EU: Going Full Orwell
EU: Going Full Orwell by Judith Bergman for Gatestone Institute
- The problem is that this professedly noble initiative comes from an organization that has already for several years been censoring free speech in Europe.
- The handbook guidelines state that journalists should “Take care not to further stigmatize terms such as ‘Muslim’ or ‘Islam’ by associating them with particular acts… Don’t allow extremists’ claims about acting ‘in the name of Islam’ to stand unchallenged. Highlight… the diversity of Muslim communities… where it is necessary and newsworthy to report hateful comments against Muslims, mediate the information.” In other words, the guidelines ask journalists to disinform the public.
- This is the same European Commission that most recently expressed its disapproval of the withdrawal of Austria from the UN’s “Global Compact for Safe, Orderly and Regular Migration.” The Compact stipulates that media outlets that do not support the UN’s migration agenda will not be eligible for public funding. How is that for “fully respecting Europe’s fundamental principles of freedom of expression, a free press and pluralism”?
The EU has launched a comprehensive Action Plan against Disinformation. Its purpose, according to a recent press release from the European Commission, is apparently to “protect its democratic systems and public debates and in view of the 2019 European elections as well as a number of national and local elections that will be held in Member States by 2020”.
In June 2018, leaders of EU member states had met in the European Council and invited the European Commission “to present… an action plan by December 2018 with specific proposals for a coordinated EU response to the challenge of disinformation…” It is this action plan that the Commission presented to the public on December 5.
The Action Plan focuses on four areas:
- Improved detection of disinformation (the European Commission dedicated 5 million euros toward this project and seemingly expects Member states to contribute on a national level, as well).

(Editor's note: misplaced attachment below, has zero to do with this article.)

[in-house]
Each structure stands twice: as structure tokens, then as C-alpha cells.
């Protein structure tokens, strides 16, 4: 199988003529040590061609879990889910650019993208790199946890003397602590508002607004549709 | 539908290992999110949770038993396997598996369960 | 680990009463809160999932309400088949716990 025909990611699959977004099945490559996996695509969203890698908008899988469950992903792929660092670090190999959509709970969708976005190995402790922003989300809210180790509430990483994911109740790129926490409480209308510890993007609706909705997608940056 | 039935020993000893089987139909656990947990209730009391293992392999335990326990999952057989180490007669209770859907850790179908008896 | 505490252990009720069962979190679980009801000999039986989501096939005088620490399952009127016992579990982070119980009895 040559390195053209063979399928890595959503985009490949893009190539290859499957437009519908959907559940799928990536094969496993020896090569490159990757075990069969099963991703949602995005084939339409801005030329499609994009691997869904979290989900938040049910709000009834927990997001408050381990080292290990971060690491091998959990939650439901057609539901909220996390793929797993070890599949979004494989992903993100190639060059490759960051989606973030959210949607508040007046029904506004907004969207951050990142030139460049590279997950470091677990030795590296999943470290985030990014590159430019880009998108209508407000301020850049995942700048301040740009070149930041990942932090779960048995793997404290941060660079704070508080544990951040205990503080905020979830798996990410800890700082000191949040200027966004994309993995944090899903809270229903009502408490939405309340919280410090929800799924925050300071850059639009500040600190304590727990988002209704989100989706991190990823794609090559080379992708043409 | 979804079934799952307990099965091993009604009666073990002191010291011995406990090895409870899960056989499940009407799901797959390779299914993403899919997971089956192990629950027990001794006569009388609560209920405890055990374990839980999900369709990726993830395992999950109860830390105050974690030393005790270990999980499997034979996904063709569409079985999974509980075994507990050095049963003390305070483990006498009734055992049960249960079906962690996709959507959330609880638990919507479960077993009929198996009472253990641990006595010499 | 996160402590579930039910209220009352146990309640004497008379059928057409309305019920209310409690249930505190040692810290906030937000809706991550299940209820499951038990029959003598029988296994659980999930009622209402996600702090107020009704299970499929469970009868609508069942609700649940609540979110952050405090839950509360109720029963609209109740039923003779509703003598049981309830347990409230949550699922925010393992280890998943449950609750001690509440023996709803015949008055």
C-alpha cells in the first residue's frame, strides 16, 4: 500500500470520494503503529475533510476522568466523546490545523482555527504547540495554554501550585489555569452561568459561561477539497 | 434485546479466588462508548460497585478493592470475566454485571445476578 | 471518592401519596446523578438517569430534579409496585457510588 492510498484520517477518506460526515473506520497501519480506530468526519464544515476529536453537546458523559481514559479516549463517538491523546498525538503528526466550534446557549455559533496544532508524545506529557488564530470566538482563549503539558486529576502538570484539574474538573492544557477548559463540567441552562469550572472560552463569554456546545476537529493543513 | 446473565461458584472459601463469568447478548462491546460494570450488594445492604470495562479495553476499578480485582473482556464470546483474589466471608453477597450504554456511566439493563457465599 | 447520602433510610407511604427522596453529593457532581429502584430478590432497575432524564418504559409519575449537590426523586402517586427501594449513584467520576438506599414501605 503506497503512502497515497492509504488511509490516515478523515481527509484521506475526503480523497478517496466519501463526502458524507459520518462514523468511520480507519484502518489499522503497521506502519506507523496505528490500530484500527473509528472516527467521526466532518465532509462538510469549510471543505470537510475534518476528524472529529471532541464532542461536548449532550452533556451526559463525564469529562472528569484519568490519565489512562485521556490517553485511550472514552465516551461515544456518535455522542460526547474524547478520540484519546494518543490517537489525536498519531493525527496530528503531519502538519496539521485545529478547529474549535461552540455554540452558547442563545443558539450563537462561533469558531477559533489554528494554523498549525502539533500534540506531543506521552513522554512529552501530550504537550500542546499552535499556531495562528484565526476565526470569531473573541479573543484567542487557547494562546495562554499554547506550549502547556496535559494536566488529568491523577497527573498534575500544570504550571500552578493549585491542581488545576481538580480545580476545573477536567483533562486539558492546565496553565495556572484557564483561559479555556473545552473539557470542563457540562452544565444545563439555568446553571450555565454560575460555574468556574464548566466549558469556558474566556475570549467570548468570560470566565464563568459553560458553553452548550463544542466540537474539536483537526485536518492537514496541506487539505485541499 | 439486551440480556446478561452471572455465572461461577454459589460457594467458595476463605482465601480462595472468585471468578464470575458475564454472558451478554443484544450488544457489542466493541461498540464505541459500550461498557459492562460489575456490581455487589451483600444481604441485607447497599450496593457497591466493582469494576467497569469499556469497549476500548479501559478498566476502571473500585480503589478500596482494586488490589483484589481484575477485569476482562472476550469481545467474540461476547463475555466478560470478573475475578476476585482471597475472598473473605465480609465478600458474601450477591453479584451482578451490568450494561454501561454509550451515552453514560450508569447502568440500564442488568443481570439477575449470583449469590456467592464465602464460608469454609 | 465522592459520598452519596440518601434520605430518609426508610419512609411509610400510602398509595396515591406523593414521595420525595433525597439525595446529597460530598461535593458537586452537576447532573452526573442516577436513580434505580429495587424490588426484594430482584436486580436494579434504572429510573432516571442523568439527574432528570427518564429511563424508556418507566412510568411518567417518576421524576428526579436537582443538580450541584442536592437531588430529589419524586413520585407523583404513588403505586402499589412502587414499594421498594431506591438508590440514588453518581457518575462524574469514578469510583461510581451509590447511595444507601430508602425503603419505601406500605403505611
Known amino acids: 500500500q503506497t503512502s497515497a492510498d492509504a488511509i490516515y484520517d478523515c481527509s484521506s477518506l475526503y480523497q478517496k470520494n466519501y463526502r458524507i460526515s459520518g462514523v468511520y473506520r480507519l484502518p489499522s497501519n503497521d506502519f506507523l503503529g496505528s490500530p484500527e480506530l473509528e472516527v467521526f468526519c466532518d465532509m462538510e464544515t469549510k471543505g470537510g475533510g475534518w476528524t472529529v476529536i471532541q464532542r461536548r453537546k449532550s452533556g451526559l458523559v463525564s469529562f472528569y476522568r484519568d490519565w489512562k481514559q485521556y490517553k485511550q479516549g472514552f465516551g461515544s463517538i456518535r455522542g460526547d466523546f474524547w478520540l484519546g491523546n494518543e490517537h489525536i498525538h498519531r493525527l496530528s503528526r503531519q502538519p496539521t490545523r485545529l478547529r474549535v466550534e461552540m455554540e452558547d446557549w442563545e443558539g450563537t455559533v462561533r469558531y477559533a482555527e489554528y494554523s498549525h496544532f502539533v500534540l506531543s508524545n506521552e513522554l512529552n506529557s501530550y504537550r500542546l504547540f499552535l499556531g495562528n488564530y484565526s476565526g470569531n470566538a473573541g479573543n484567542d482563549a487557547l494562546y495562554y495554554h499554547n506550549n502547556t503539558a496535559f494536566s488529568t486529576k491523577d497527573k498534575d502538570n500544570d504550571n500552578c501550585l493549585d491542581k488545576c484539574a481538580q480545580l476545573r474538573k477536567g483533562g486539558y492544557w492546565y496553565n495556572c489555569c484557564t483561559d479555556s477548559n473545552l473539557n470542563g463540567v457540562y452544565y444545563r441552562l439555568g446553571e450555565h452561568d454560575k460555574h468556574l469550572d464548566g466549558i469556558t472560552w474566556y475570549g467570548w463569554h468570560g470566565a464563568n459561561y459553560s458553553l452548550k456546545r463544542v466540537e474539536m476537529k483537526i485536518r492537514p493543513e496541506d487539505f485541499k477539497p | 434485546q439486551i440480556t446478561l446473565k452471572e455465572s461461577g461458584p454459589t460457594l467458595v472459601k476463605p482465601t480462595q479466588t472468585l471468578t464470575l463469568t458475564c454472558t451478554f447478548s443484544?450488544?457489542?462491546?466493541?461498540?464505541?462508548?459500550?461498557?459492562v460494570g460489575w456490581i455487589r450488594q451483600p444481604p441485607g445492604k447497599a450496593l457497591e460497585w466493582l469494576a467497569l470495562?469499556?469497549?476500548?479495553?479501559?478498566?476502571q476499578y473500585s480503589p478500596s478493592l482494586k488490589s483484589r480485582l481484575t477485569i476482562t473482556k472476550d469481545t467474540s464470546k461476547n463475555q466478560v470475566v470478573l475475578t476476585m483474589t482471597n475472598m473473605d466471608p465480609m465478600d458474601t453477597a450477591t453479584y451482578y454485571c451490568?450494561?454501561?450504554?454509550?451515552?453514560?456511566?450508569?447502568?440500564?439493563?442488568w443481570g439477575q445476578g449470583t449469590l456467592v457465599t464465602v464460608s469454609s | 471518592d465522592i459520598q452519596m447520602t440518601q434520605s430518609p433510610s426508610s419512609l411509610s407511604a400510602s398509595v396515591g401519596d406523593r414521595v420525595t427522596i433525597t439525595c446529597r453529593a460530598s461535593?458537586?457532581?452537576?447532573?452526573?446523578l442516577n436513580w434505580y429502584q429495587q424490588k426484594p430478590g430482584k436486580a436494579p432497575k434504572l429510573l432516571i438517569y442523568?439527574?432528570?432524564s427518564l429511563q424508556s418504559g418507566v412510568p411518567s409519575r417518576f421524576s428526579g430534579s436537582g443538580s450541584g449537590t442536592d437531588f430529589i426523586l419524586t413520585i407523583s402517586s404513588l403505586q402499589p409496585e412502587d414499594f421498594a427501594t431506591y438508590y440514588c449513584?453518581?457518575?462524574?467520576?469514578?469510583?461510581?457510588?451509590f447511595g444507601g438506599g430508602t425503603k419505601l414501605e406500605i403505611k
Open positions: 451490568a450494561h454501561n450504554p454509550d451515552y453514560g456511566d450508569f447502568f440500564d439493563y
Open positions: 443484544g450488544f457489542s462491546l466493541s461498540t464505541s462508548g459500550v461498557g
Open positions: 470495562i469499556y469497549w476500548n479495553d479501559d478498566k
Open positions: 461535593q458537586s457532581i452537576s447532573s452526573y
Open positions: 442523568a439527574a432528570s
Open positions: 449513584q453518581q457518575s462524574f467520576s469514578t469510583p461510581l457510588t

- Coordinated Response — the EU institutions and Member States will set up a Rapid Alert System “to facilitate the sharing of data and assessments of disinformation campaigns”. The Rapid Alert System will be set up by March 2019 and “will be complemented by further strengthening relevant resources”.
- Online platforms and industry are called on to ensure “transparency of political advertising, stepping up efforts to close active fake accounts, labelling non-human interactions (messages spread automatically by ‘bots’) and cooperating with fact-checkers and academic researchers to detect disinformation campaigns and make fact-checked content more visible and widespread” in accordance with a previously signed Code of Practice against Disinformation.
- Raising awareness and empowering citizens: In addition to “targeted awareness campaigns”, the “EU institutions and Member States will promote media literacy through dedicated programmes. Support will be provided to national multidisciplinary teams of independent fact-checkers and researchers to detect and expose disinformation campaigns across social networks”. In 2018, citizens are suddenly no longer “media literate” and need to be “empowered” in order to be told how and what to think.
Crucially, and as mentioned above, the Action Plan relies on the previously introduced, Code of Practice on Disinformation, which the online tech giants — Facebook, Google, Twitter and Mozilla — signed in October 2018. The Code of Practice is necessary, because, according to EU Commissioner for the Security Union Sir Julian King: